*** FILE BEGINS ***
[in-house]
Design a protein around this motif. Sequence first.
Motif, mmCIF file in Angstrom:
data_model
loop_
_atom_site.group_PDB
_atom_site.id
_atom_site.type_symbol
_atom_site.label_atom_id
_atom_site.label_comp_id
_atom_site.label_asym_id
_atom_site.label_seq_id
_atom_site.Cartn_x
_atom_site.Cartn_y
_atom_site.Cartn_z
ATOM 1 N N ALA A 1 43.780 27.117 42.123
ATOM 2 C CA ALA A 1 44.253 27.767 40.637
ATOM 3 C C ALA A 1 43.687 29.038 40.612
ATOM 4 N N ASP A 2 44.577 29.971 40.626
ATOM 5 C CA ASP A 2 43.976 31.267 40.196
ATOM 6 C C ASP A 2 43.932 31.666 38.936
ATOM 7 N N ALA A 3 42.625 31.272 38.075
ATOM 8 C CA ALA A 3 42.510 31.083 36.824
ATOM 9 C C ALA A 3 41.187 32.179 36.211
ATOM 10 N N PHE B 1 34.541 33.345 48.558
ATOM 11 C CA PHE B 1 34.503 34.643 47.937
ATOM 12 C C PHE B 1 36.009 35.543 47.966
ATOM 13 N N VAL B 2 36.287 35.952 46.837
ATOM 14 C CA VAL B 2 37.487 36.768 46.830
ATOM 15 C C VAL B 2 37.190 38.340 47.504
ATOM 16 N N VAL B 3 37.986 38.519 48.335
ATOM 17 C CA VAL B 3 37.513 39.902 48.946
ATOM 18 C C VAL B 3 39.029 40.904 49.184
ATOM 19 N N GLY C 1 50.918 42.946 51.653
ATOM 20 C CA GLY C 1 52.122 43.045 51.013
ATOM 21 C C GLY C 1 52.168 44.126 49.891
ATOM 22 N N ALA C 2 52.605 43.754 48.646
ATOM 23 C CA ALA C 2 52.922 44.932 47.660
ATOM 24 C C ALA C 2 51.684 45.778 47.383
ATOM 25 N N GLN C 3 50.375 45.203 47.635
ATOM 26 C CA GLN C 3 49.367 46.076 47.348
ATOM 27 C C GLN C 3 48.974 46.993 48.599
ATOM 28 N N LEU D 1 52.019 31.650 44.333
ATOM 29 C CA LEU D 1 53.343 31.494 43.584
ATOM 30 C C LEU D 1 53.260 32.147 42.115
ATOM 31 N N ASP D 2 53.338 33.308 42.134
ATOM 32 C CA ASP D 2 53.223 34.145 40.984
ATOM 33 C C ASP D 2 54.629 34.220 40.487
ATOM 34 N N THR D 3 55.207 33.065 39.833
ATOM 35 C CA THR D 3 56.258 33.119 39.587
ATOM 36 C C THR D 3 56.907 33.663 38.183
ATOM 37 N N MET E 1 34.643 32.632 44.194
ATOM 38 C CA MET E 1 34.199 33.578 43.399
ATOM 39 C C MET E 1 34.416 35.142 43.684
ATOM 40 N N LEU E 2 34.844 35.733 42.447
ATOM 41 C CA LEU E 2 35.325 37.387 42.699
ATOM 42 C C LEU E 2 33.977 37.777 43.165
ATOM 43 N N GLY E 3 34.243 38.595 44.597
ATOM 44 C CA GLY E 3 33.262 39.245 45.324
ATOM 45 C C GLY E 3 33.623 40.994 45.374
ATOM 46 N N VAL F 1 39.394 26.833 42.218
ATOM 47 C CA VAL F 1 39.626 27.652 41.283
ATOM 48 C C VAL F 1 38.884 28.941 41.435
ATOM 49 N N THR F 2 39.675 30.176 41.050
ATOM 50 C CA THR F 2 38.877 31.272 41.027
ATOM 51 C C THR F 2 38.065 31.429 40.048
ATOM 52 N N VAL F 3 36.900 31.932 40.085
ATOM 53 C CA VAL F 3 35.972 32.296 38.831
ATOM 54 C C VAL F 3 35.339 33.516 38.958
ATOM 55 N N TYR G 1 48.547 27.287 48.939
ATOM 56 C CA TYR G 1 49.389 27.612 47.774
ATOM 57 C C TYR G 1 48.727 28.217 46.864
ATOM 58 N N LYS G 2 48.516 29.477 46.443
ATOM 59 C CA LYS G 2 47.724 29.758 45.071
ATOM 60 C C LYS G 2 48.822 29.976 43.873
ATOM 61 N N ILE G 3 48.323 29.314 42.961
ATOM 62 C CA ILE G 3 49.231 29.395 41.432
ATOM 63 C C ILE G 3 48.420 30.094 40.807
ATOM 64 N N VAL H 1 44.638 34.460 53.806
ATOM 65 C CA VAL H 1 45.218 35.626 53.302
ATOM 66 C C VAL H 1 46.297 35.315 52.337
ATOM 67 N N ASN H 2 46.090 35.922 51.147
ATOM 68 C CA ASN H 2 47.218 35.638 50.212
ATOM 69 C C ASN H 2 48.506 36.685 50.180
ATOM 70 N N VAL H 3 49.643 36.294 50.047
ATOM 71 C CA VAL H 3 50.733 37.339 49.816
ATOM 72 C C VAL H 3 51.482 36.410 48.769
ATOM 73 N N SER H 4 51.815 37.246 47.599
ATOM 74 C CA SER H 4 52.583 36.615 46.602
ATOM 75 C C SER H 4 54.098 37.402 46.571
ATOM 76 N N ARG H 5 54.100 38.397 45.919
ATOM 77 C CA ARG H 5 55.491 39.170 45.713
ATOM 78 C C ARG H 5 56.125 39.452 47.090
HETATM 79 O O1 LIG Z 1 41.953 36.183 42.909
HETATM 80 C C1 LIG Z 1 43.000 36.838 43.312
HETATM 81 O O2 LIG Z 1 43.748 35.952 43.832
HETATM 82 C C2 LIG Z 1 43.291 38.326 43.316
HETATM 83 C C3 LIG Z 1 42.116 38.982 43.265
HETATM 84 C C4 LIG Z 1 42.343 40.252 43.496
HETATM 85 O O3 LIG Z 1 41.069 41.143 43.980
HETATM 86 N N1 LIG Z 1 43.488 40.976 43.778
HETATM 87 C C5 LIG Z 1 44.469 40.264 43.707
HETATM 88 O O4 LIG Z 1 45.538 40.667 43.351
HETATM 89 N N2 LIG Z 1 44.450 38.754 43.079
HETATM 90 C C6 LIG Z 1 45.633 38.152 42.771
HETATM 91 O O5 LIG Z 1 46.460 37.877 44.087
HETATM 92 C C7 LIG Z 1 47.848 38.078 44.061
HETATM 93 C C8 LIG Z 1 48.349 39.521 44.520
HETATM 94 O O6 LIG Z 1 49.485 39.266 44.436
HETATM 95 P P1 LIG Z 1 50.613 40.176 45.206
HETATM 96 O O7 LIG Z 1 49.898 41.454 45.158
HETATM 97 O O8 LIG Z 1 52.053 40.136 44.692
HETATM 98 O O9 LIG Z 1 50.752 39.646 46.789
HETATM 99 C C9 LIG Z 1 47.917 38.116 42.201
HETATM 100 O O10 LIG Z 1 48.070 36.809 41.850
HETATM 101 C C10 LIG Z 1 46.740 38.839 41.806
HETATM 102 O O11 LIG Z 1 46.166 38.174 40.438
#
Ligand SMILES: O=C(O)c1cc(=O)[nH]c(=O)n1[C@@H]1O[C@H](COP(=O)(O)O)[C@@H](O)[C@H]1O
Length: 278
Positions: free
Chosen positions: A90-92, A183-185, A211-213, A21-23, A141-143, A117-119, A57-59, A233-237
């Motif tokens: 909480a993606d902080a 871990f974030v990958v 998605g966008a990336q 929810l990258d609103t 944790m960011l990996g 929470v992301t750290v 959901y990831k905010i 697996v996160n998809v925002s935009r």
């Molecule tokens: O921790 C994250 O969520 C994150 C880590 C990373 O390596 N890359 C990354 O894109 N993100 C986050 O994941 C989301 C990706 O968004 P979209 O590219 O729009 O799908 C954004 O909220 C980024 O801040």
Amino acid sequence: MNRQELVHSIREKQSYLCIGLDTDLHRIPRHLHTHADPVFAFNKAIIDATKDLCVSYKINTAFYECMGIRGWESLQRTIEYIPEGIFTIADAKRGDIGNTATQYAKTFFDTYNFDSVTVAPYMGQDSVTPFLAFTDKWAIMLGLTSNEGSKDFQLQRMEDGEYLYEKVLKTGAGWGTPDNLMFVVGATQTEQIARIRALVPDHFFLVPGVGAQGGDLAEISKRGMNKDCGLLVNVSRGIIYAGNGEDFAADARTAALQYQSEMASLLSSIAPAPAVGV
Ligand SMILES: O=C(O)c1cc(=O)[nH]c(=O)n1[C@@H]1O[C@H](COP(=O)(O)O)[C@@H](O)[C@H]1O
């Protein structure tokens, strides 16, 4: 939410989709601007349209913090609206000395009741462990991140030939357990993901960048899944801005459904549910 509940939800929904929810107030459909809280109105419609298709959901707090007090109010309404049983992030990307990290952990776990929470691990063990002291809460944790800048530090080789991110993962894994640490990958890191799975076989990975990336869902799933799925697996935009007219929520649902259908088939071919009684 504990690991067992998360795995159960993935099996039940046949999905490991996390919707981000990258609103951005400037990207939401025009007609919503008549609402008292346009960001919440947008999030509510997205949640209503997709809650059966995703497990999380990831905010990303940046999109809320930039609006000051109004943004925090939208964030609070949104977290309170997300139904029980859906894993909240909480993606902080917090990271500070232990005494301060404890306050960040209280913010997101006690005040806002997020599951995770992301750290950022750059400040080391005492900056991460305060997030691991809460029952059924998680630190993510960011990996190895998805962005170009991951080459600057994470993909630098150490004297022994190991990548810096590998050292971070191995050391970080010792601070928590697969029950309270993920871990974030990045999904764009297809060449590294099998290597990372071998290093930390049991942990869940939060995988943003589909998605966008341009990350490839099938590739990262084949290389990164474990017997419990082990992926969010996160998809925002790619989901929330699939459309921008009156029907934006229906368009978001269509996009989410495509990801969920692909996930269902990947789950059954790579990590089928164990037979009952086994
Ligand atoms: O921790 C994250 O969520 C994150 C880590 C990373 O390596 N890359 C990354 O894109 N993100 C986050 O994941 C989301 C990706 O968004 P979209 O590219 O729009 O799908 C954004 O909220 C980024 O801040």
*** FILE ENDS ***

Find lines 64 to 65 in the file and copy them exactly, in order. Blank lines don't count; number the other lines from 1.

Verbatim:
ATOM 49 N N THR F 2 39.675 30.176 41.050
ATOM 50 C CA THR F 2 38.877 31.272 41.027